This is supposed to be good, because it creates a society where everybody can hold their own private convictions and communicate in what Rawls, a liberal philosopher, calls “the language of public reason.”

Adrian Vermeule offers an insightful description of this supposedly neutral language: “Instead of pursuing substantive excellence and justice, we have circuitous conversations about statistical properties like ‘diversity’; instead of deciding what ought to be permitted, what condemned, we debate ‘civility’; instead of discerning truth, we quarrel over ‘religious liberty’; instead of protecting the most vulnerable, we conceal our vices and crimes under the rubric of ‘choice,’ in both market and non-market spheres (although to be fair there are almost no non-market spheres left any more). When we ask about Truth, liberalism answers: What is ‘Truth’? Your truth is not someone else’s truth, and it is no more legitimate to make your truth into public policy than it would be to force your taste in ice cream upon everyone else. All this is solely of private concern.” (“According to Truth”)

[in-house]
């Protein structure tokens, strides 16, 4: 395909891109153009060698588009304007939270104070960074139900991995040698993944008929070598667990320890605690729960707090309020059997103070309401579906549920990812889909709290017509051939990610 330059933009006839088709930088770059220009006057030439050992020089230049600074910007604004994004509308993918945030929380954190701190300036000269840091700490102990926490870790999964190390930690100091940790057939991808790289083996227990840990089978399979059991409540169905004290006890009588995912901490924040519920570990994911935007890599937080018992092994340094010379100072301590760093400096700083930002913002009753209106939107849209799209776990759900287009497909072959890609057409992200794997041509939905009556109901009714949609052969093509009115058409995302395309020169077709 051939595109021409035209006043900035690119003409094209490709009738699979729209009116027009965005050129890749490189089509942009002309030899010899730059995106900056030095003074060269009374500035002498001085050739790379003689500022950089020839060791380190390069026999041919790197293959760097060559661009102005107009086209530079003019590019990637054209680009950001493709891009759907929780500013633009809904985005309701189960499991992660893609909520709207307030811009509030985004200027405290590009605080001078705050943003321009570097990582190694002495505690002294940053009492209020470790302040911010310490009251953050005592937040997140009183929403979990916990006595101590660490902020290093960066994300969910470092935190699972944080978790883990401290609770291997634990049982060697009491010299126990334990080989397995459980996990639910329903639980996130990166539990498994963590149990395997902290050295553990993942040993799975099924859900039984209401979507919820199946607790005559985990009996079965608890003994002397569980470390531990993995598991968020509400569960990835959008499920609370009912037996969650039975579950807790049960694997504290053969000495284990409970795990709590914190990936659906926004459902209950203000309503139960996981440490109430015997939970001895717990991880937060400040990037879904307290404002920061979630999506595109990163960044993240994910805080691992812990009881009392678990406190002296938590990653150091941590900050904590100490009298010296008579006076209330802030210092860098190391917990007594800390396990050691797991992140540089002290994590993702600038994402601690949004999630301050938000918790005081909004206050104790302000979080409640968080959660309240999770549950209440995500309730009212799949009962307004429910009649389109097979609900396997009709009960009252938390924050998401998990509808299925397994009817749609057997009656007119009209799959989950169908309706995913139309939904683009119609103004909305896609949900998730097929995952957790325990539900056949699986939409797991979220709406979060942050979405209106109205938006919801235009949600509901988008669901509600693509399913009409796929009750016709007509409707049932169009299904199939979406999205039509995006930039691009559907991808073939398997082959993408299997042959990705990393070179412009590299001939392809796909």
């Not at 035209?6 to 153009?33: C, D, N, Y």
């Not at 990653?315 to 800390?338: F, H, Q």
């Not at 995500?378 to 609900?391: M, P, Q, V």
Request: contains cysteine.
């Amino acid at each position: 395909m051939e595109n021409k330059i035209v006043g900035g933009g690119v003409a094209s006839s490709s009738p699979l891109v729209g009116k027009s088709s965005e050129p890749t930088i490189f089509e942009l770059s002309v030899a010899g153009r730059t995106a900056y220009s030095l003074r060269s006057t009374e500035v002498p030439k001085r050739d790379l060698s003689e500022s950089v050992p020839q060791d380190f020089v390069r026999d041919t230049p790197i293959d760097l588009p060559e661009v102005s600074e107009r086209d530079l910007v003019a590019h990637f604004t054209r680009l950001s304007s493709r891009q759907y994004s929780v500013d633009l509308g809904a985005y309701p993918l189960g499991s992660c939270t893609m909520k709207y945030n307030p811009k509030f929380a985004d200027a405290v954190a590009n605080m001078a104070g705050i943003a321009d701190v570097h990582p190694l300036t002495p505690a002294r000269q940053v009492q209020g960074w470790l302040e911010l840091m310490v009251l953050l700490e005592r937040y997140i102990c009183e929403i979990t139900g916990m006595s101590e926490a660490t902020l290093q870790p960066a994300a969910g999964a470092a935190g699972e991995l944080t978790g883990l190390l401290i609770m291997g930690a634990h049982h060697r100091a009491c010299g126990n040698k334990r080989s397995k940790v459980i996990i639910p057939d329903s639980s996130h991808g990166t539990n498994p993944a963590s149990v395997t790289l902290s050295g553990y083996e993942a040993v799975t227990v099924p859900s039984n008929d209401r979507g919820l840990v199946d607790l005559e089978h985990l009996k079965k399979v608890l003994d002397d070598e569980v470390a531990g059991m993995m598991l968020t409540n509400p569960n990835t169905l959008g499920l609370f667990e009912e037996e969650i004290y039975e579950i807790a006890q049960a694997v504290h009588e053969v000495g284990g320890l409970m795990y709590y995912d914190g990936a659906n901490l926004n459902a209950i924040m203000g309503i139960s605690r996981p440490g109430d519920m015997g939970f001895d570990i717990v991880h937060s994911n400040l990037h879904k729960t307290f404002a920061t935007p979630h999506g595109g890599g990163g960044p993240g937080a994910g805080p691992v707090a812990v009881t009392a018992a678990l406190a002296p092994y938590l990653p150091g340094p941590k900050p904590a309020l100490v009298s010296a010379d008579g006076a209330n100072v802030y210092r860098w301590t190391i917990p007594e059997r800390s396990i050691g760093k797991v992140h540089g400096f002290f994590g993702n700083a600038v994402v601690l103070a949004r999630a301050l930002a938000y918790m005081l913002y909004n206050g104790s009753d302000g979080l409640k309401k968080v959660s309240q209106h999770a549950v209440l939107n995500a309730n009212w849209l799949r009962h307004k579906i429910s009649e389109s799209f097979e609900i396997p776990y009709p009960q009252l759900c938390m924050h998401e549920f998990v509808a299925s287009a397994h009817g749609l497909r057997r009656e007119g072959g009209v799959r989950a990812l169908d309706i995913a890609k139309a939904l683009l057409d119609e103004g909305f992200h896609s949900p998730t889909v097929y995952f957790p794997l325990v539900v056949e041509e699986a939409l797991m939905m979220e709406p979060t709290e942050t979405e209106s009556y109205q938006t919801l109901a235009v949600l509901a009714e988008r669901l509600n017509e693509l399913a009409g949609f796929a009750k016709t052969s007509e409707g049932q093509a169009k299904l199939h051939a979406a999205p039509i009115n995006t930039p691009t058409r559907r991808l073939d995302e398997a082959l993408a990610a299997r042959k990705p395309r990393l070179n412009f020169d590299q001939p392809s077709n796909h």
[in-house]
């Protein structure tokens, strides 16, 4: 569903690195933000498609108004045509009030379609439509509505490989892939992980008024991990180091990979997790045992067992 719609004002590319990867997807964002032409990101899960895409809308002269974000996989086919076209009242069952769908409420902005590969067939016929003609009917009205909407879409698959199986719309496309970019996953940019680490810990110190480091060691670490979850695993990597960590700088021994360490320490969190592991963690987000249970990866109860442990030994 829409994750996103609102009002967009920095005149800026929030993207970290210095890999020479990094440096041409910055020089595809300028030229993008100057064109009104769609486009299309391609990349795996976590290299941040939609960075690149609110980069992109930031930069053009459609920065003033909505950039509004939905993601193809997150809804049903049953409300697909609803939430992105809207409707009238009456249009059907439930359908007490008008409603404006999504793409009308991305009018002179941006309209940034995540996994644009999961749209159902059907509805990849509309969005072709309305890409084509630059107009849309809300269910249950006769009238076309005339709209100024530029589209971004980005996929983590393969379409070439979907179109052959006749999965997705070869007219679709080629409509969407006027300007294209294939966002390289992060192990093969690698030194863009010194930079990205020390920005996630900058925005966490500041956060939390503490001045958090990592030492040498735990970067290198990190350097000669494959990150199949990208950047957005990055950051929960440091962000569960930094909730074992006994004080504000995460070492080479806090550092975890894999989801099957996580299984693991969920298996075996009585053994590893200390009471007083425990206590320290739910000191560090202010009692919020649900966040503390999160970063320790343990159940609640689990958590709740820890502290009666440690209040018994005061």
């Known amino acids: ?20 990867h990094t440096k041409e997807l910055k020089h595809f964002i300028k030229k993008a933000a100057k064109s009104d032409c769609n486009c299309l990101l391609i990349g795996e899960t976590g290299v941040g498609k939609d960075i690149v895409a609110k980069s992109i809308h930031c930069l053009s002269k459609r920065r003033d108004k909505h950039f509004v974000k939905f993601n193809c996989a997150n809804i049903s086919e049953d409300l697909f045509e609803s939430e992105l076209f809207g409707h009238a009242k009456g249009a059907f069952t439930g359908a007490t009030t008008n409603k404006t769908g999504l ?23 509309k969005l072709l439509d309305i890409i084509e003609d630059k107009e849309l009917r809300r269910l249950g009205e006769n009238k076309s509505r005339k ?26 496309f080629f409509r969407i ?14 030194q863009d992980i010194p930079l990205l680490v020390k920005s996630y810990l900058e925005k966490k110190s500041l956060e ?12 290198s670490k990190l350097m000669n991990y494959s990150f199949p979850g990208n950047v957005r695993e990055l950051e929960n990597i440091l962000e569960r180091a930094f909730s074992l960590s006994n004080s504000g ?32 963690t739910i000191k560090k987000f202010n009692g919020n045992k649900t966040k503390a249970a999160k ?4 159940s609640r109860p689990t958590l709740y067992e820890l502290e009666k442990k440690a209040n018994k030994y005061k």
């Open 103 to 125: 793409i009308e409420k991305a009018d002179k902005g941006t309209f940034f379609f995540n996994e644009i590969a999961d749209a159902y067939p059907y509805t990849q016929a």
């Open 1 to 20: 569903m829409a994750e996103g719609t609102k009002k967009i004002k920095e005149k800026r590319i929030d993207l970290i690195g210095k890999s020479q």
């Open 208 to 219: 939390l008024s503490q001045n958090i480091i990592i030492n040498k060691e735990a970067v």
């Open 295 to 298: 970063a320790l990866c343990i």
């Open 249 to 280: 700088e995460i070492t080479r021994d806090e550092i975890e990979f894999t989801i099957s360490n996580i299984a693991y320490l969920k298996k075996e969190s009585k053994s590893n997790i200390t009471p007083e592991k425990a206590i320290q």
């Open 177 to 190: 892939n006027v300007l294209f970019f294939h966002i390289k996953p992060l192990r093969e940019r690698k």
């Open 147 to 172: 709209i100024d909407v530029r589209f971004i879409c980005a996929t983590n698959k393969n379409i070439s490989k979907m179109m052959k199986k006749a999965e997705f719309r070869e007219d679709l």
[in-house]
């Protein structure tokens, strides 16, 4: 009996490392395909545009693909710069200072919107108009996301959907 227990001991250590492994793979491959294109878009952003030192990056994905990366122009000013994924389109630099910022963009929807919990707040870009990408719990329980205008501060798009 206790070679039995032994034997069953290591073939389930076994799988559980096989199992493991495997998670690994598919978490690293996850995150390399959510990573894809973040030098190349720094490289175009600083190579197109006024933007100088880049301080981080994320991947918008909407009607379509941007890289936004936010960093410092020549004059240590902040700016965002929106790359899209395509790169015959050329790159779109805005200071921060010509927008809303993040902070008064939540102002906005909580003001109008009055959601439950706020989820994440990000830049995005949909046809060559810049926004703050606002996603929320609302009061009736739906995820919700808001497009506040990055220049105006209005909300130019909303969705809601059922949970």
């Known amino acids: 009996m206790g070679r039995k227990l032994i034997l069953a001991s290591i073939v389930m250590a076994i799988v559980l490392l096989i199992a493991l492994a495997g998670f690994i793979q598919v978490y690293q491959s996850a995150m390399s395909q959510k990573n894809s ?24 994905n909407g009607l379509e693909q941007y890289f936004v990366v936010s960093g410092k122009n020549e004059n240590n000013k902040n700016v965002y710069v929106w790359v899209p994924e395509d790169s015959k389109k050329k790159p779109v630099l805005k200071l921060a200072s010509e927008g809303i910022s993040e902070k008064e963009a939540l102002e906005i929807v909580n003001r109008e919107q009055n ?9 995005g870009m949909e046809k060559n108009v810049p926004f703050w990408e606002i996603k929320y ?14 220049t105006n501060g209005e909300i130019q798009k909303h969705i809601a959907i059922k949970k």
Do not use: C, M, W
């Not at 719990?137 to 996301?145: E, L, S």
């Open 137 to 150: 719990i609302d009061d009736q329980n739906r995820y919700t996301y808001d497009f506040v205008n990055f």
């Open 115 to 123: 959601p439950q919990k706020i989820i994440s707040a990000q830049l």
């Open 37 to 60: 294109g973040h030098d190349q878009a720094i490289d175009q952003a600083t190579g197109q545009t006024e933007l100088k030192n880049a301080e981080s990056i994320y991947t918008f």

Looking deeper, we find that liberalism is hiding something. The “neutrality” of liberalism demands their own definitions of words (like “freedom”) and assumptions about human nature which never existed before modernity. People who believe in virtue and the common good can never win, because the legal principles and procedures are built to protect negative freedom and individualism.

Those who seek political change are forced to speak the language of liberal neutrality. Liberalism is not a polite or charitable tolerance of diversity; it is civic nihilism, civilly enforced.